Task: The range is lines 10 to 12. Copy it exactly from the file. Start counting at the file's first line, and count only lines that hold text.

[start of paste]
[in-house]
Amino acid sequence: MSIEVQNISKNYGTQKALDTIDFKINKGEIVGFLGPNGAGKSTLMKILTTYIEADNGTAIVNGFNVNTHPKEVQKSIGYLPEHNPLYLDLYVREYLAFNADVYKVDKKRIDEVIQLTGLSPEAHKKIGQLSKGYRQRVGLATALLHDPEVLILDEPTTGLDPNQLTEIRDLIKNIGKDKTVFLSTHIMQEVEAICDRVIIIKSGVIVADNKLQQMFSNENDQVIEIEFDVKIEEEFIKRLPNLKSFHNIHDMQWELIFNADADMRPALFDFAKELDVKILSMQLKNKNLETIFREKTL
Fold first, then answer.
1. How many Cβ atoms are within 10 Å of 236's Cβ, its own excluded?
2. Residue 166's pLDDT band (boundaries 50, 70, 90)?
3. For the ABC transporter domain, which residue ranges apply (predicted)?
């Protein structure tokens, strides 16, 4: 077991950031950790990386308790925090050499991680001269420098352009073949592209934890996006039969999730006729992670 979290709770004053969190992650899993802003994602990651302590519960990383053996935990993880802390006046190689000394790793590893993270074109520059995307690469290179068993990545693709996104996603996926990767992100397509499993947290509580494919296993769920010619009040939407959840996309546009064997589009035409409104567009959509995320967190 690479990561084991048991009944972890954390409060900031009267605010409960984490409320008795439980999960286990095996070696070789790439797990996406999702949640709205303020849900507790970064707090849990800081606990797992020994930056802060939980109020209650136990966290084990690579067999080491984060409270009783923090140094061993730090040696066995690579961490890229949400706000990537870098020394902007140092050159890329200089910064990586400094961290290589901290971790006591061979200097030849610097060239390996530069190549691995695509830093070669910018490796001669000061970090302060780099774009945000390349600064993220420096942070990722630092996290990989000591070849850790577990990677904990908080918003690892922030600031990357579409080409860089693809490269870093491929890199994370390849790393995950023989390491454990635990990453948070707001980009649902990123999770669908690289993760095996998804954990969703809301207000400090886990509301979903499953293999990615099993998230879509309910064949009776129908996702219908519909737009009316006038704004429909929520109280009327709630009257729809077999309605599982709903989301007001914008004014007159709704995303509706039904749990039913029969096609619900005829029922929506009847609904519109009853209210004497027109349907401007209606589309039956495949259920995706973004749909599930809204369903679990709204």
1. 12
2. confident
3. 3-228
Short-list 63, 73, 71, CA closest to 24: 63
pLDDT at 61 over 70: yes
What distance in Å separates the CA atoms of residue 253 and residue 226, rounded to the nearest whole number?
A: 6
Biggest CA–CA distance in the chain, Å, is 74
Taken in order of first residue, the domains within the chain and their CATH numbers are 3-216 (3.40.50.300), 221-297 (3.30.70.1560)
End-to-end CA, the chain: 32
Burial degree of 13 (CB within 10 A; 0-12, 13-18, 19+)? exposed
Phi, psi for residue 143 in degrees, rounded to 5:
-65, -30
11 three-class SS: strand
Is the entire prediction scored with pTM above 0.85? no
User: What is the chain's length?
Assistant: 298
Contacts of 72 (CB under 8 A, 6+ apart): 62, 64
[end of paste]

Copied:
3. 3-228
Short-list 63, 73, 71, CA closest to 24: 63
pLDDT at 61 over 70: yes